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News: January/February 2007

Elephants recognize themselves in mirrors • Pope says ‘Feel free to disagree’ • Grayling launches offensive speech offensive — News reports by Sue Roberts

Philo Launches Academic Freedom Campaign

Philosopher and author A.C. Grayling has helped start a new campaign to defend unfettered freedom of enquiry in universities, including a ‘right to be offensive’. The group, Academics For Academic Freedom, has launched an online petition, which can be found on the camapign’s website at www.afaf.org.uk. It reads:

“We, the undersigned, believe the following two principles to be the foundation of academic freedom:

(1) that academics, both inside and outside the classroom, have unrestricted liberty to question and test received wisdom and to put forward controversial and unpopular opinions, whether or not these are deemed offensive, and

(2) that academic institutions have no right to curb the exercise of this freedom by members of their staff, or to use it as grounds for disciplinary action or dismissal.”

Elephants Pause for Reflection

What’s a girl to do when she discovers a large white cross on her forehead? In the case of Happy, an Asian elephant at the Bronx Zoo in New York, she raises her trunk and touches the cross on her mirror-image thereby passing a standard test known as the ‘mark test’. Happy’s response was on a par with those made when human children or great apes are presented with the test.

Happy, with her companions Patty and Maxine, were shown a very large mirror, and it was observed that after initial exploratory behaviour sniffing the mirror and looking behind it, the elephants took an increasing interest in their reflections. This led to each peering into its own mouth. There was no evidence of an elephant mistaking their reflection for that of another.

This self-recognizing trait is thought to relate to empathetic tendencies and the ability to distinguish oneself from others. The study was carried out by scientists from the Yerkes National Primate Research Centre, Emory University, and the Wildlife Conservation Society in New York.


What does the term ‘chimera’ conjure up for you? The fire-breathing monster of Greek mythology with the head of a lion, body of a goat and tail of a serpent? Or the biological version of a chimera – a mixed organism such as a cultivated plant consisting of two genetically different kinds of tissue as a result of mutation? British scientists are challenging the Human Fertilisation & Embryology Act 1990, which makes it illegal to mix human and animal eggs and sperm. They have submitted applications to the Human Fertilisation and Embryology Authority to proceed with experiments which will involve fusing human cells with eggs from rabbits, cows and goats. They hope to benefit from an established exception, the ‘hamster test’, by which doctors are allowed to test the quality of human sperm by fertilising a hamster egg and then destroying it no later than at the two-cell stage.

The scientists’ aim is to create ‘chimeric’ embryos that would be 99.9% human and 0.1% animal in order to produce embryonic stem cells. Stem cells are known to be basic ‘building-blocks’ of the body and can develop into all other types of cells. If permission is granted, the embryos would be destroyed after fourteen days. At present human eggs are supplied by IVF patients, but as demand increases these are no longer sufficient. If given the go-ahead, Dr Stephen Minger of King’s College London hopes to use cloned hybrid embryos to create stem cells carrying the defects responsible for conditions such as Parkinson’s Disease and Alzheimer’s, thus facilitating research.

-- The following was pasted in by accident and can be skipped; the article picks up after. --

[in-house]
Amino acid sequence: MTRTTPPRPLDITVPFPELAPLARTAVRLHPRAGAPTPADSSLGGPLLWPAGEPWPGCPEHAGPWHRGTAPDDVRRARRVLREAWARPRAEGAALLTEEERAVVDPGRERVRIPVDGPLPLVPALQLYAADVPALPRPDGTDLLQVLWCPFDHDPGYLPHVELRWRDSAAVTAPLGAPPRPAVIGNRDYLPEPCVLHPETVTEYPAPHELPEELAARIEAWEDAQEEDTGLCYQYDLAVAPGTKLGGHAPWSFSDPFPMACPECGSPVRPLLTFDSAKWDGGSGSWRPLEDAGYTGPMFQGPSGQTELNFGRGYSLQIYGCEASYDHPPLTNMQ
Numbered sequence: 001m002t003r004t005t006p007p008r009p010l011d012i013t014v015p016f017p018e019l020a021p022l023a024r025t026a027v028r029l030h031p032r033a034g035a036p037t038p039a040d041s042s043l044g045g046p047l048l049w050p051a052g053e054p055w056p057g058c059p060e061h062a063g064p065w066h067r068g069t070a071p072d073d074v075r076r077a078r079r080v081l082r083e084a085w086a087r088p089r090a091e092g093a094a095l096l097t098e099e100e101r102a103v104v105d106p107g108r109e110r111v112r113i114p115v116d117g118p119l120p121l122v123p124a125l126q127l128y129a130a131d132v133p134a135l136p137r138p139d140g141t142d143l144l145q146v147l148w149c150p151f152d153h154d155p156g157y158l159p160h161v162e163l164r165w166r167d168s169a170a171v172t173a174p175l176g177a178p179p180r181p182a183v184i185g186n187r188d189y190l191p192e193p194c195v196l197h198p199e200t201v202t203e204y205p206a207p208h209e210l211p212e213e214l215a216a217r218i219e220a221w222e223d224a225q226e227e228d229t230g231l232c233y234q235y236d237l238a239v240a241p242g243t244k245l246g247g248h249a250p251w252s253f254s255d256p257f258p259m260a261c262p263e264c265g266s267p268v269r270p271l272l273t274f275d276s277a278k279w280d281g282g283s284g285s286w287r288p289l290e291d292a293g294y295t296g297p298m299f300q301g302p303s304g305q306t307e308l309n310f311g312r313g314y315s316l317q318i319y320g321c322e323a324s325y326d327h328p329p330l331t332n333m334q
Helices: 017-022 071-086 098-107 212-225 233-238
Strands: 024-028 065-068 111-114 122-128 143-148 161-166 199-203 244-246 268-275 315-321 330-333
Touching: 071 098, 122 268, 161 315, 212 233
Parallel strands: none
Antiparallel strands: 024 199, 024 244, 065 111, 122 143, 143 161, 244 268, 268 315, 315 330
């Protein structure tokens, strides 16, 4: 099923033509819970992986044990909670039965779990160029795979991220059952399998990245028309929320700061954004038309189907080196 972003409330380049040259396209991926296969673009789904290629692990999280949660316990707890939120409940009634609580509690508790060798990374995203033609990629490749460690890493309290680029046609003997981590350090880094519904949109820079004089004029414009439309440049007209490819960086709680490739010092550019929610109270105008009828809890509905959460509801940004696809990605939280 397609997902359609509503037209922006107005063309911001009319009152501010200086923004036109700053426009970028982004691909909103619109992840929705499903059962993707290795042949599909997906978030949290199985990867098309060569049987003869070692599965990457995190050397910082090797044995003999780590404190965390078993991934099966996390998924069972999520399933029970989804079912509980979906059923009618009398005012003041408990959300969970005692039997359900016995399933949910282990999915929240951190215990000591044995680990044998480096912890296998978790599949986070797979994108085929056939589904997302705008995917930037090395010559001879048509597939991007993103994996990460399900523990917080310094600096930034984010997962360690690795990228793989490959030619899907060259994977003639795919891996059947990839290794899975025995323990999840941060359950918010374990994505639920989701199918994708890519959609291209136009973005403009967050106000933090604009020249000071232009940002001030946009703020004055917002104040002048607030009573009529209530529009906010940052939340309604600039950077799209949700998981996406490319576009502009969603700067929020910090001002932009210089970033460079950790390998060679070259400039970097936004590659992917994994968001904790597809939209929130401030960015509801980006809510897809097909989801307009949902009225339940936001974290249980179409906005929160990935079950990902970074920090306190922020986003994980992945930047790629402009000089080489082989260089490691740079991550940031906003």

Opponents have expressed strong views; Josephine Quintavelle of Comment on Reproductive Ethics said: “This is abhorrent ... there is a basic human feeling that animals and humans do not mix in these areas. ” Calum Mackellar of the Scottish Council on Human Bioethics said “In this kind of procedure you are mixing at a very intimate level animal eggs and human chromosomes and you may begin to undermine the whole distinction between animals and humans.”

Pope Says He Could Be Wrong about Jesus

Pope Benedict XVI’s first book since his 2005 election has sparked controversy even before its Spring publication. Entitled Jesus of Nazareth, a Vatican spokesman said that “it is not a long encyclical on Jesus but a personal presentation of the figure of Jesus by the theologian Joseph Ratzinger, who has been elected Bishop of Rome.” In the foreword the Pope states that the book is “absolutely not” a work of Catholic doctrine, but rather the “expression of my personal research.” He continues “Consequently, everyone is free to contradict me. I only ask the readers that they read with sympathy, without which there will be no comprehension.” It is this statement that is proving controversial.

Many feel that a move by a Pope to open up their work to criticism or to separate their personal and public personas is a significant departure from normal procedure. Some critics have voiced their concerns that the Pope could not be both a free-thinking theologian and a leader of the Catholic Church. A professor of philosophy at Florence University, Luigi Lombardi Vallauri, is reported to have said, “It seems a coquettish thing to do to pretend there is a freedom of theology while knowing well that this theology rests on the shoulders of a Pope.” However, Professor Patrick Nold of Rome disputes that there is anything new or shocking in this distinction between the Pope’s public teaching and his personal opinion as a theologian. He cites the instance of John XXII (1316-34) who privately preached a series of speculative sermons on the beatific vision to his curia. Their content was subsequently declared unsound by the Church.

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